'Humanae vitae' saves marriages, says Minneapolis bishop

‘Humanae vitae’ saves marriages, says Minneapolis bishop

‘Humanae vitae’ saves marriages, says Minneapolis bishop

Couple holding hands at sunset. (Credit: Ryan Holloway via Unsplash via CNA.)

Bishop Andrew Cozzens, auxiliary bishop of the Archdiocese of St. Paul and Minneapolis has given a series of talks ahead of the anniversary of 'Humanae Vitae.'

MINNEAPOLIS, Minnesota – Bishop Andrew Cozzens, auxiliary bishop of the Archdiocese of St.Paul and Minneapolis has given a series of talks ahead of the anniversary of Humanae Vitae. He has used the talks to highlight the damage done to couples and families by artificial contraception, contrasting it with the benefits of adhering to the Church’s teaching.

In a talk to young adults at the Basilica of St. Mary in Minneapolis on June 28, he invited listeners to consider what the sexual revolution had promised and what it had actually delivered.

“Let’s just step back and ask ourselves, ‘Has it been so great?’ … This idea that sex could be no pressure, no fear of pregnancy and only amount to the expression of my love for that person — has that actually produced the results that society says?”

In an earlier address at St. Stephen’s Church, also in Minneapolis, he said that the practice of artificial contraception was directly linked to the increased divorce rates, and that couples who reject it have a higher chance of staying together. He drew the connection during a talk helping to mark the fiftieth anniversary of Humanae Vitae.

St. Stephen’s is also home to the Sagrada Familia center, which provides assistance and support for couples seeking to use natural family planning. He used the occasion to reflect on how the world has changed in the half-century after the release of Blessed Pope Paul VI’s famous  encyclical which affirmed the traditional prohibition of artificial contraception.

The encyclical contains one of the Church’s “most controversial teachings, but also, in a certain way, one of her most important,” said Cozzens.

Condemning artificial contraception is something that makes Catholics “most radical,” he explained. “We stand out as Catholics by our declaration that contraception is morally evil,” while noting that most other Christian denominations no longer share this belief.

While this may be difficult for many to grapple with and follow, Cozzens said that the failure to heed Paul VI’s prophetic warning had warped the culture and ushered in an increase in various societal ills, such as abortion and unwed pregnancy, as well as marital breakdown and divorce.

“Much of what we see around us in the culture today, 50 years later, is actually the result of not following God’s plan for sexuality and marriage.”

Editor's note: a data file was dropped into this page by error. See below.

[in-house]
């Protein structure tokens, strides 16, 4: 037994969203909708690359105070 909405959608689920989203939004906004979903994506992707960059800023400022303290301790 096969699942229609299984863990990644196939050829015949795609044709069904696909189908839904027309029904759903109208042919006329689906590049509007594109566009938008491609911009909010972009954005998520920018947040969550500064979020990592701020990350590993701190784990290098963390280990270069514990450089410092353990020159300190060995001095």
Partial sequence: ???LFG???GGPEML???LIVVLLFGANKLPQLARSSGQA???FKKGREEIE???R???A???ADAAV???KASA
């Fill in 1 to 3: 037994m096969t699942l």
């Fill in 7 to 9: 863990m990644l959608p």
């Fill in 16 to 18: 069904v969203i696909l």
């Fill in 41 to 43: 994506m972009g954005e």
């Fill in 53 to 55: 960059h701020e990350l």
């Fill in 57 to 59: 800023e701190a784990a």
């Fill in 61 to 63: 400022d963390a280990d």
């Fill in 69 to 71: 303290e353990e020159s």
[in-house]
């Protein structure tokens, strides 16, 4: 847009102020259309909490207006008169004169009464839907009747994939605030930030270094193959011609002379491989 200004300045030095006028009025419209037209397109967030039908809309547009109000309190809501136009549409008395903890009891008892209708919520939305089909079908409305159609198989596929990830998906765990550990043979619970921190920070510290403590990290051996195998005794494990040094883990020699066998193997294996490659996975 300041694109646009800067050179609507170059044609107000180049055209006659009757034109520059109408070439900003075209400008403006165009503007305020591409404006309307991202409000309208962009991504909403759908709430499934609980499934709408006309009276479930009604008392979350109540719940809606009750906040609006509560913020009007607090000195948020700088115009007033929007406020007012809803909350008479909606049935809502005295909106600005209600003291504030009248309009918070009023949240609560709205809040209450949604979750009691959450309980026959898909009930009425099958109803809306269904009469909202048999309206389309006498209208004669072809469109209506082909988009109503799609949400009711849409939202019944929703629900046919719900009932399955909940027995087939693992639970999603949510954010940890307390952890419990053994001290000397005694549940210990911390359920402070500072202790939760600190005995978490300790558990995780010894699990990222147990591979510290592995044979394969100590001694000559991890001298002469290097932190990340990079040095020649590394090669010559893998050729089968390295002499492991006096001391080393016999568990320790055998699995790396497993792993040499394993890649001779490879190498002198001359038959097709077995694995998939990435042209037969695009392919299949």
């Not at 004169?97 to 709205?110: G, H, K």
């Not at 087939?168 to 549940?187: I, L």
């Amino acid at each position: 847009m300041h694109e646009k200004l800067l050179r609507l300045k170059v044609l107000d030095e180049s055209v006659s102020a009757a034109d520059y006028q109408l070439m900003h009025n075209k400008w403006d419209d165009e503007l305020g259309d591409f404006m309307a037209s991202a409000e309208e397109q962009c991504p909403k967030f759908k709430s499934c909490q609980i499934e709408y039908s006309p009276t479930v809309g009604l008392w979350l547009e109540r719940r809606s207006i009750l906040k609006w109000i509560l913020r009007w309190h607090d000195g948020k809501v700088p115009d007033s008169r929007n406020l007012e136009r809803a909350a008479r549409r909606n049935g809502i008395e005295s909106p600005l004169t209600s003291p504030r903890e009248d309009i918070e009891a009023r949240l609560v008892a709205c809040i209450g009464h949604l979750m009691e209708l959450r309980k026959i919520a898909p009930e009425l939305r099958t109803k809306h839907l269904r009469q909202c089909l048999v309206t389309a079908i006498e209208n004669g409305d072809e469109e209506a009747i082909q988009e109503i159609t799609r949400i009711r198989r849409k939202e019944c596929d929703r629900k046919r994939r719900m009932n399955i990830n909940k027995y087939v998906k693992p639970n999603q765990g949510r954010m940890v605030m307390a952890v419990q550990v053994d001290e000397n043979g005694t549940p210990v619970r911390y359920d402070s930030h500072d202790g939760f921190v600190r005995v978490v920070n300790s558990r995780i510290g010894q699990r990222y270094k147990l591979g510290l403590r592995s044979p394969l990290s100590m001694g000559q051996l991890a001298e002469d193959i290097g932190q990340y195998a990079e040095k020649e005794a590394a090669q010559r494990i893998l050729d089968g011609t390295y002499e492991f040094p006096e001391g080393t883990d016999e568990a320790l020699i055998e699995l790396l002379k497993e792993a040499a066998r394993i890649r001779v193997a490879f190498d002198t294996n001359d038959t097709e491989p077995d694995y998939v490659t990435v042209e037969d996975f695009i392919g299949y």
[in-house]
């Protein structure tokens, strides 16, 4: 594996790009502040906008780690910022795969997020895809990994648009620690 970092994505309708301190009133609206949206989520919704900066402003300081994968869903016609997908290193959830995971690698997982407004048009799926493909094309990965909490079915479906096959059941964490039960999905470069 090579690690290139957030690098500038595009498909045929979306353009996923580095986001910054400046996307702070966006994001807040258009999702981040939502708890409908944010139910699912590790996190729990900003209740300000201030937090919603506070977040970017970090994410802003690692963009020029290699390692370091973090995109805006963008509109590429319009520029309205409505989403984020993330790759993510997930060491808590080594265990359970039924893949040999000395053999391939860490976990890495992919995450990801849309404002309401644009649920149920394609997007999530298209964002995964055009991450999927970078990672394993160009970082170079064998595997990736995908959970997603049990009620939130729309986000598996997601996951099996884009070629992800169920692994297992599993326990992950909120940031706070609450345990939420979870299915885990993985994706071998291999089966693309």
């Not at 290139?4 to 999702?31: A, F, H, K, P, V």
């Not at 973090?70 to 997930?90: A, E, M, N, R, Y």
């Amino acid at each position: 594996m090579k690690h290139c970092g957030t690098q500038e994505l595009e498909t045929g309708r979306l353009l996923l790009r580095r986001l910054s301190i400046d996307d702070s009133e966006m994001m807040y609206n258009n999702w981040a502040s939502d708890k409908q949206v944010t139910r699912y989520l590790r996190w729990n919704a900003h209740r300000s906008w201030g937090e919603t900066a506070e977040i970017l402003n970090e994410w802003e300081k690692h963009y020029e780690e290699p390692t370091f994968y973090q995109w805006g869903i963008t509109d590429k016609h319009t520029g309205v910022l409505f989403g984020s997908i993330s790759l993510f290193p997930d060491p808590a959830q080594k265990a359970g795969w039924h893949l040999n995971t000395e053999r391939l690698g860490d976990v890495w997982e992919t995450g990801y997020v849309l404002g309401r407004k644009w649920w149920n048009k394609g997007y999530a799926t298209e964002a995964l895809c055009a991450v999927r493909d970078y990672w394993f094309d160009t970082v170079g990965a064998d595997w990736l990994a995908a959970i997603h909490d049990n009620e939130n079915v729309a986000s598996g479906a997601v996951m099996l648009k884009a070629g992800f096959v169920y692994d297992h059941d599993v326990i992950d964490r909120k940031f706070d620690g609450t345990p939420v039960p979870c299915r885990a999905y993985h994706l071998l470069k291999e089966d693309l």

“This is the direct result of the breaking down of the sacredness of sexuality.”

Cozzens explained how Paul VI had predicted these problems when he wrote that if sex was stripped of its procreative potential and orientation, women would be treated as a “mere instruments” of satisfaction by men, who would “forget the reverence due to a woman.”

The introduction of artificial contraception into marriage has a transformative effect on the marital act, Cozzens said, one which “turns that act into something that is not a covenantal, sacramental, symbolic, total gift of self” because it excludes God’s plan along with the potential of marital fertility.

Acting against this plan has “consequences,” warned Cozzens, observing that about 50 percent of marriages in the United States now end in divorce, an increase of “several hundred percent” since Humanae Vitae was published.

Alternatively, the bishop said, couples who follow faithfully the Church’s teaching on contraception and relied on natural family planning — a Church-approved method of observing a woman’s natural cycle of fertility and abstaining from sexual relations when necessary — have a much higher success rate of staying married.

While living this teaching faithfully requires considerably more effort by married couples than does artificial contraception, Cozzens said that because it “requires discipline and sacrifice” it helps to strengthen the love and respect between husband and wife.

Statistical studies “prove that the Church is right on this teaching,” said Cozzens.

“Couples who practice this teaching of the Church have about a 98 to 99 percent success rate in marriage.”

Married couples who disregard the Church’s warnings against contraception, he warned, were depriving themselves of the vital support of God’s love, and “not experiencing the joy He desires to have and share” with them.

“Let’s pray for each other, and for our world, that our Church and our world will come to reverence this beautiful teaching about marriage, so that we might remain in Him, and His love and joy might increase.”

Humanae Vitae was dated July 25, 1968, and released on July 29, 1968.

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